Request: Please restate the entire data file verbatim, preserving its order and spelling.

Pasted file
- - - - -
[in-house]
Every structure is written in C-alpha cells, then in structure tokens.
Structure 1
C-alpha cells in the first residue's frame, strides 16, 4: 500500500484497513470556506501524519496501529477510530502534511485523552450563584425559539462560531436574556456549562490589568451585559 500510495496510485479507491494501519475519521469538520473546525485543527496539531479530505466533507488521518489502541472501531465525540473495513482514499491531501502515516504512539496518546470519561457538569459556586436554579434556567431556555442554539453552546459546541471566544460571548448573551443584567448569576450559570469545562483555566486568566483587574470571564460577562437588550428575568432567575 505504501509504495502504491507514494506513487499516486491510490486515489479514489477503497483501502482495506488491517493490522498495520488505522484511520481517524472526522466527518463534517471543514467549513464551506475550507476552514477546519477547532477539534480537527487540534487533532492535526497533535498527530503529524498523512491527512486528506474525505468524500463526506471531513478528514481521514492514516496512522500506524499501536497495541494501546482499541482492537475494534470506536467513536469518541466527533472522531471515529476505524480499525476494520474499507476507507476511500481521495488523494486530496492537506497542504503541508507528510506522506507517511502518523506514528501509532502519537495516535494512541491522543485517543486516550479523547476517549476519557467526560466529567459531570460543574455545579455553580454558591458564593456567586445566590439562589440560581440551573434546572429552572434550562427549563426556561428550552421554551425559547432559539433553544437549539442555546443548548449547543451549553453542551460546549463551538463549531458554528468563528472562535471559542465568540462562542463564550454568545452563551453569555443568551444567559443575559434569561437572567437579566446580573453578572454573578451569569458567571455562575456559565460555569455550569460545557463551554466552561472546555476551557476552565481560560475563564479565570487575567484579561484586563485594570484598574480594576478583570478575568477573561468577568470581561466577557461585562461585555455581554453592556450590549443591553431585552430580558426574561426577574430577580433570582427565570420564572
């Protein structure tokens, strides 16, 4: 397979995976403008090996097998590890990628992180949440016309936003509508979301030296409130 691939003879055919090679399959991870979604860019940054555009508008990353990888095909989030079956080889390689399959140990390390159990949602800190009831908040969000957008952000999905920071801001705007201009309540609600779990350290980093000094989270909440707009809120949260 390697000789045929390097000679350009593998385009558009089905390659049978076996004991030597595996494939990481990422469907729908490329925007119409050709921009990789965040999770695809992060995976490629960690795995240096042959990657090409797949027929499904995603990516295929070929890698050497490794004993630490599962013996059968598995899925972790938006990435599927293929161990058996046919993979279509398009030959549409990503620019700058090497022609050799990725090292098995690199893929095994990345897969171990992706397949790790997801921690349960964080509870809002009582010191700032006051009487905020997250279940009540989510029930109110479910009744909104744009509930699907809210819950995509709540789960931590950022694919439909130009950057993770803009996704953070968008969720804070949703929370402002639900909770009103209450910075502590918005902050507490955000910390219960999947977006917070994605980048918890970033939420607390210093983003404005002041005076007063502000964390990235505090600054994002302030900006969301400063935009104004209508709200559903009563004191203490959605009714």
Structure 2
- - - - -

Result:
[in-house]
Every structure is written in C-alpha cells, then in structure tokens.
Structure 1
C-alpha cells in the first residue's frame, strides 16, 4: 500500500484497513470556506501524519496501529477510530502534511485523552450563584425559539462560531436574556456549562490589568451585559 500510495496510485479507491494501519475519521469538520473546525485543527496539531479530505466533507488521518489502541472501531465525540473495513482514499491531501502515516504512539496518546470519561457538569459556586436554579434556567431556555442554539453552546459546541471566544460571548448573551443584567448569576450559570469545562483555566486568566483587574470571564460577562437588550428575568432567575 505504501509504495502504491507514494506513487499516486491510490486515489479514489477503497483501502482495506488491517493490522498495520488505522484511520481517524472526522466527518463534517471543514467549513464551506475550507476552514477546519477547532477539534480537527487540534487533532492535526497533535498527530503529524498523512491527512486528506474525505468524500463526506471531513478528514481521514492514516496512522500506524499501536497495541494501546482499541482492537475494534470506536467513536469518541466527533472522531471515529476505524480499525476494520474499507476507507476511500481521495488523494486530496492537506497542504503541508507528510506522506507517511502518523506514528501509532502519537495516535494512541491522543485517543486516550479523547476517549476519557467526560466529567459531570460543574455545579455553580454558591458564593456567586445566590439562589440560581440551573434546572429552572434550562427549563426556561428550552421554551425559547432559539433553544437549539442555546443548548449547543451549553453542551460546549463551538463549531458554528468563528472562535471559542465568540462562542463564550454568545452563551453569555443568551444567559443575559434569561437572567437579566446580573453578572454573578451569569458567571455562575456559565460555569455550569460545557463551554466552561472546555476551557476552565481560560475563564479565570487575567484579561484586563485594570484598574480594576478583570478575568477573561468577568470581561466577557461585562461585555455581554453592556450590549443591553431585552430580558426574561426577574430577580433570582427565570420564572
């Protein structure tokens, strides 16, 4: 397979995976403008090996097998590890990628992180949440016309936003509508979301030296409130 691939003879055919090679399959991870979604860019940054555009508008990353990888095909989030079956080889390689399959140990390390159990949602800190009831908040969000957008952000999905920071801001705007201009309540609600779990350290980093000094989270909440707009809120949260 390697000789045929390097000679350009593998385009558009089905390659049978076996004991030597595996494939990481990422469907729908490329925007119409050709921009990789965040999770695809992060995976490629960690795995240096042959990657090409797949027929499904995603990516295929070929890698050497490794004993630490599962013996059968598995899925972790938006990435599927293929161990058996046919993979279509398009030959549409990503620019700058090497022609050799990725090292098995690199893929095994990345897969171990992706397949790790997801921690349960964080509870809002009582010191700032006051009487905020997250279940009540989510029930109110479910009744909104744009509930699907809210819950995509709540789960931590950022694919439909130009950057993770803009996704953070968008969720804070949703929370402002639900909770009103209450910075502590918005902050507490955000910390219960999947977006917070994605980048918890970033939420607390210093983003404005002041005076007063502000964390990235505090600054994002302030900006969301400063935009104004209508709200559903009563004191203490959605009714």
Structure 2